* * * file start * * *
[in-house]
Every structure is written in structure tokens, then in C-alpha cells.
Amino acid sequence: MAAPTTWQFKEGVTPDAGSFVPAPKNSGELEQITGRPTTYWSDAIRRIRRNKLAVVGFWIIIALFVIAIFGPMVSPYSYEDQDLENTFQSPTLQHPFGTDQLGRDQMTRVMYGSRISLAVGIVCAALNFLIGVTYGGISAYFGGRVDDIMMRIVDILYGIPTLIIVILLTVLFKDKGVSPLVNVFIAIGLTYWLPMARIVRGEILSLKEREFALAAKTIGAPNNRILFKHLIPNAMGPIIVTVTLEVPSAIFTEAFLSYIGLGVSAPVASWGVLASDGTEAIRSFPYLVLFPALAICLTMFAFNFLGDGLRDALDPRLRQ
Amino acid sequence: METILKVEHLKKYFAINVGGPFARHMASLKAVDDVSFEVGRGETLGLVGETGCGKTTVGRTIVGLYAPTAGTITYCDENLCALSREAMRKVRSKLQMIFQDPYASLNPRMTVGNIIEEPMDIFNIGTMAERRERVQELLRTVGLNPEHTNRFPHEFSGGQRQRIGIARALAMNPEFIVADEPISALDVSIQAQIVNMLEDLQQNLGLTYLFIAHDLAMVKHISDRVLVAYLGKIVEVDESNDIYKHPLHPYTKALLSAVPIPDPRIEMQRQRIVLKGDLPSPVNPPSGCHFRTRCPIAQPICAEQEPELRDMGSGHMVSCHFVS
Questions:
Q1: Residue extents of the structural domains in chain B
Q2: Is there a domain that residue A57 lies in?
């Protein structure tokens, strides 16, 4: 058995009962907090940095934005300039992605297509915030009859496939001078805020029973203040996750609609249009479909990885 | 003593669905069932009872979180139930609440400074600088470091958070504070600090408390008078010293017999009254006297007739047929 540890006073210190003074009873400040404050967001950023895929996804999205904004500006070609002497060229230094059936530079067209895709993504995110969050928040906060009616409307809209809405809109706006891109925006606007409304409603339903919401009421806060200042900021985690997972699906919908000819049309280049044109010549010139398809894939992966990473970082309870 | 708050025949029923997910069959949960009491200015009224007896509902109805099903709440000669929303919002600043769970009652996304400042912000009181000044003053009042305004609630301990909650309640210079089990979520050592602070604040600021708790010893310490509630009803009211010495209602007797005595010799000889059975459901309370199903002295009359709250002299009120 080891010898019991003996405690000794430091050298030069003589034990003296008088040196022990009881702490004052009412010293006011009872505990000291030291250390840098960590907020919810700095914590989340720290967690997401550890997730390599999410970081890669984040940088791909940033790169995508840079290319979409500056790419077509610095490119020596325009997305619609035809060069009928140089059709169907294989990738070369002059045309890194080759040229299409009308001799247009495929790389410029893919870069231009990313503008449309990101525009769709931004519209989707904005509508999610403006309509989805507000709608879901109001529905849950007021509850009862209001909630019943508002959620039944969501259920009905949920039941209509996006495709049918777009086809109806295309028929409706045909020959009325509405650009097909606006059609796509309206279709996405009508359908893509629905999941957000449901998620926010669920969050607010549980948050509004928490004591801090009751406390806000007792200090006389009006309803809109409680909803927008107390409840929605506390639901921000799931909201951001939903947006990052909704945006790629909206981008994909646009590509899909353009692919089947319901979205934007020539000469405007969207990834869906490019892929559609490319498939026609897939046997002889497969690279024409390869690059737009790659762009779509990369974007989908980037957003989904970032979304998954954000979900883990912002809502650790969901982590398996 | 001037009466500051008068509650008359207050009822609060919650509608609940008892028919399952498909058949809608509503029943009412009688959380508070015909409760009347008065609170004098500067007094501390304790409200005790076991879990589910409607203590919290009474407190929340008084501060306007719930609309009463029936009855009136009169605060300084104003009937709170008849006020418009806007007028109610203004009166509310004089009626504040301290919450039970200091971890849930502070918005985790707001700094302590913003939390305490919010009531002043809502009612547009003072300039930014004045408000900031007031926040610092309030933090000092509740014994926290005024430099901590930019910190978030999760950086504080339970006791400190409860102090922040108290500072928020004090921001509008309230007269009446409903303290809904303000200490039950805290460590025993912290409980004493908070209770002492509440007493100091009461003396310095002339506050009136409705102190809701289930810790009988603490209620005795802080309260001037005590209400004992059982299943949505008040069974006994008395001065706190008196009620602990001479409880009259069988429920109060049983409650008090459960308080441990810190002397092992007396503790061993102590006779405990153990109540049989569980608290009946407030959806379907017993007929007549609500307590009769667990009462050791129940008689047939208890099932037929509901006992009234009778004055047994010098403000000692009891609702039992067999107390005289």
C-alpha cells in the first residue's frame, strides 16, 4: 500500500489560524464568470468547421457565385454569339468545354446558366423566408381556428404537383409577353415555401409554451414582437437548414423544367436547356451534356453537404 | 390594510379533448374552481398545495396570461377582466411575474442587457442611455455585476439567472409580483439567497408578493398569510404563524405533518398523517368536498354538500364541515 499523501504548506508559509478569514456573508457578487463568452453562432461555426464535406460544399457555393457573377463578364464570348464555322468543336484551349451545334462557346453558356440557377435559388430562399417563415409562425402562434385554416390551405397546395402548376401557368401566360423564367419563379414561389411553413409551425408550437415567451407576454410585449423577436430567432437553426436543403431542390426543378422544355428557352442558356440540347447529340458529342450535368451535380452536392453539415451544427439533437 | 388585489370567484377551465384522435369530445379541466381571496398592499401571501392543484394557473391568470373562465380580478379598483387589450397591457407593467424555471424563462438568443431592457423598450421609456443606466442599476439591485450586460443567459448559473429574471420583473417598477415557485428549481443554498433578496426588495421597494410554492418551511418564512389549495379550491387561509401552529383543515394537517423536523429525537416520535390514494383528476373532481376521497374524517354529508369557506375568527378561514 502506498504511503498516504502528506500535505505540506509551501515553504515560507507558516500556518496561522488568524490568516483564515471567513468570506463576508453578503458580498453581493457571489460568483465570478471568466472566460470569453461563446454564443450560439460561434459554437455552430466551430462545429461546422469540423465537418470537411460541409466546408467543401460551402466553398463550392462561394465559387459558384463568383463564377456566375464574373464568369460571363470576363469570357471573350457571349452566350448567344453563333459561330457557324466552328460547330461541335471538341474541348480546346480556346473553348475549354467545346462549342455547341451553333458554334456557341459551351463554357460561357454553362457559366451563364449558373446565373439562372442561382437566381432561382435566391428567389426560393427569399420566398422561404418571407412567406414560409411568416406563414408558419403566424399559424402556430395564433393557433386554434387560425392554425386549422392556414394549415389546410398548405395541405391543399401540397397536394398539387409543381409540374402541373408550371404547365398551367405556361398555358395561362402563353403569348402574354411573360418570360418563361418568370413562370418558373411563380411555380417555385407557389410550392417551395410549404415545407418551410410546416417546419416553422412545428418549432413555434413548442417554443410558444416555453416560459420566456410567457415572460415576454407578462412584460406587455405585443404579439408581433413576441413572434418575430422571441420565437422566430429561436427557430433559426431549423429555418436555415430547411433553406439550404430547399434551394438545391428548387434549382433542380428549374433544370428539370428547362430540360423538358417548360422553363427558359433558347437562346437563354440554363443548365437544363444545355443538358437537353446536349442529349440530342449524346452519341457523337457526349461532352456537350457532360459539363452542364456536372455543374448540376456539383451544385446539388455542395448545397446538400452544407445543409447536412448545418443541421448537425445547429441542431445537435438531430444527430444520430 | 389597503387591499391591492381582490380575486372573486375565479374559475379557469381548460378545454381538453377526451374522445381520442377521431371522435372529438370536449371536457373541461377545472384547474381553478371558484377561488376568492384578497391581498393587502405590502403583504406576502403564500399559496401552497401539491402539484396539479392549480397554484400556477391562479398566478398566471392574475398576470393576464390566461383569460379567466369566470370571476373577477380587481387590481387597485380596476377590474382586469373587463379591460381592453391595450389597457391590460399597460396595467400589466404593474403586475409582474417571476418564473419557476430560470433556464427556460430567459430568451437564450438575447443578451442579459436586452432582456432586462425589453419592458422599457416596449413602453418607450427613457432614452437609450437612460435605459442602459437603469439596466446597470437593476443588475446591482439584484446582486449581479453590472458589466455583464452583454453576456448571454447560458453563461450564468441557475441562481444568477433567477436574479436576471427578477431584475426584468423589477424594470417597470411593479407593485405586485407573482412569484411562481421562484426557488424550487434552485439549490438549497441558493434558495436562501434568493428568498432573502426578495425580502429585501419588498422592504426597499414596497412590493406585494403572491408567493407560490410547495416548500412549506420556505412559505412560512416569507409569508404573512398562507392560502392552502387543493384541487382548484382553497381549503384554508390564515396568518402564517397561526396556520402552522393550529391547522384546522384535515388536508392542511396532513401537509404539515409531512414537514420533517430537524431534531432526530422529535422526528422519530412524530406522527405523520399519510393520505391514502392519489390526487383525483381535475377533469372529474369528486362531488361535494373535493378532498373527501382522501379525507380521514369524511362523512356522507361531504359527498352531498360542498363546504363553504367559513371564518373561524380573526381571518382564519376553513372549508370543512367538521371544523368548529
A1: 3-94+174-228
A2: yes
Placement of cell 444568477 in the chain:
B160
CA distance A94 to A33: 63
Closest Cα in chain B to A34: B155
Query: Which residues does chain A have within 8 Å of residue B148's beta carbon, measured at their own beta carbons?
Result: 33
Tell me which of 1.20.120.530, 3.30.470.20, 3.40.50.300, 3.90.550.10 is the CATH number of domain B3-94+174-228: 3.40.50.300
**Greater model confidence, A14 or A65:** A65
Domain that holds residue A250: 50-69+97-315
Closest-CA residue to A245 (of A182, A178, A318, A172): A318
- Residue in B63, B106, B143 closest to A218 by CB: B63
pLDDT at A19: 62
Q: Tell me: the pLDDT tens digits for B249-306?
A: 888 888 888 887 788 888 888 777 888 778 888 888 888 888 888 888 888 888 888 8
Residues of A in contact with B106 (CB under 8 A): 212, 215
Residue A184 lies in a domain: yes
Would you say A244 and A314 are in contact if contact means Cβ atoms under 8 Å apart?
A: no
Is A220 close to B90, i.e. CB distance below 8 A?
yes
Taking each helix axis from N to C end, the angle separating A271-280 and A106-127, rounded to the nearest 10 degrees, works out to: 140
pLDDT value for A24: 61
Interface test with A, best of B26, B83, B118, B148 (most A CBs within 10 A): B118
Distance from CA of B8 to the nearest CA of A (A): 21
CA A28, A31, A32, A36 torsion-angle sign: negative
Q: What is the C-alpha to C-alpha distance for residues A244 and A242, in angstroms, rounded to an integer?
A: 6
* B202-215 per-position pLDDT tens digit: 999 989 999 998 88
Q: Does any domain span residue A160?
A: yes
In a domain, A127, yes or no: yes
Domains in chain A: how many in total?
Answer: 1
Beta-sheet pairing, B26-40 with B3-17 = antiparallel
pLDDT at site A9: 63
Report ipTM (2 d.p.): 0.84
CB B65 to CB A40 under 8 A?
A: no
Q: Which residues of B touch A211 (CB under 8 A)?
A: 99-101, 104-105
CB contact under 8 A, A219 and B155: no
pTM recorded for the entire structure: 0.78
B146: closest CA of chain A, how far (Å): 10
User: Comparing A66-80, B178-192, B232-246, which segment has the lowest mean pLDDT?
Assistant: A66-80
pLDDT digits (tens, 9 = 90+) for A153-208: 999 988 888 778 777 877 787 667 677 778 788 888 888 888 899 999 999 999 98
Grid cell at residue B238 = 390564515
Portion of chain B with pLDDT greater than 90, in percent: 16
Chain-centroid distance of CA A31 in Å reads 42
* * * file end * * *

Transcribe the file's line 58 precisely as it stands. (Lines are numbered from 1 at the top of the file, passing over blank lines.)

Grid cell at residue B238 = 390564515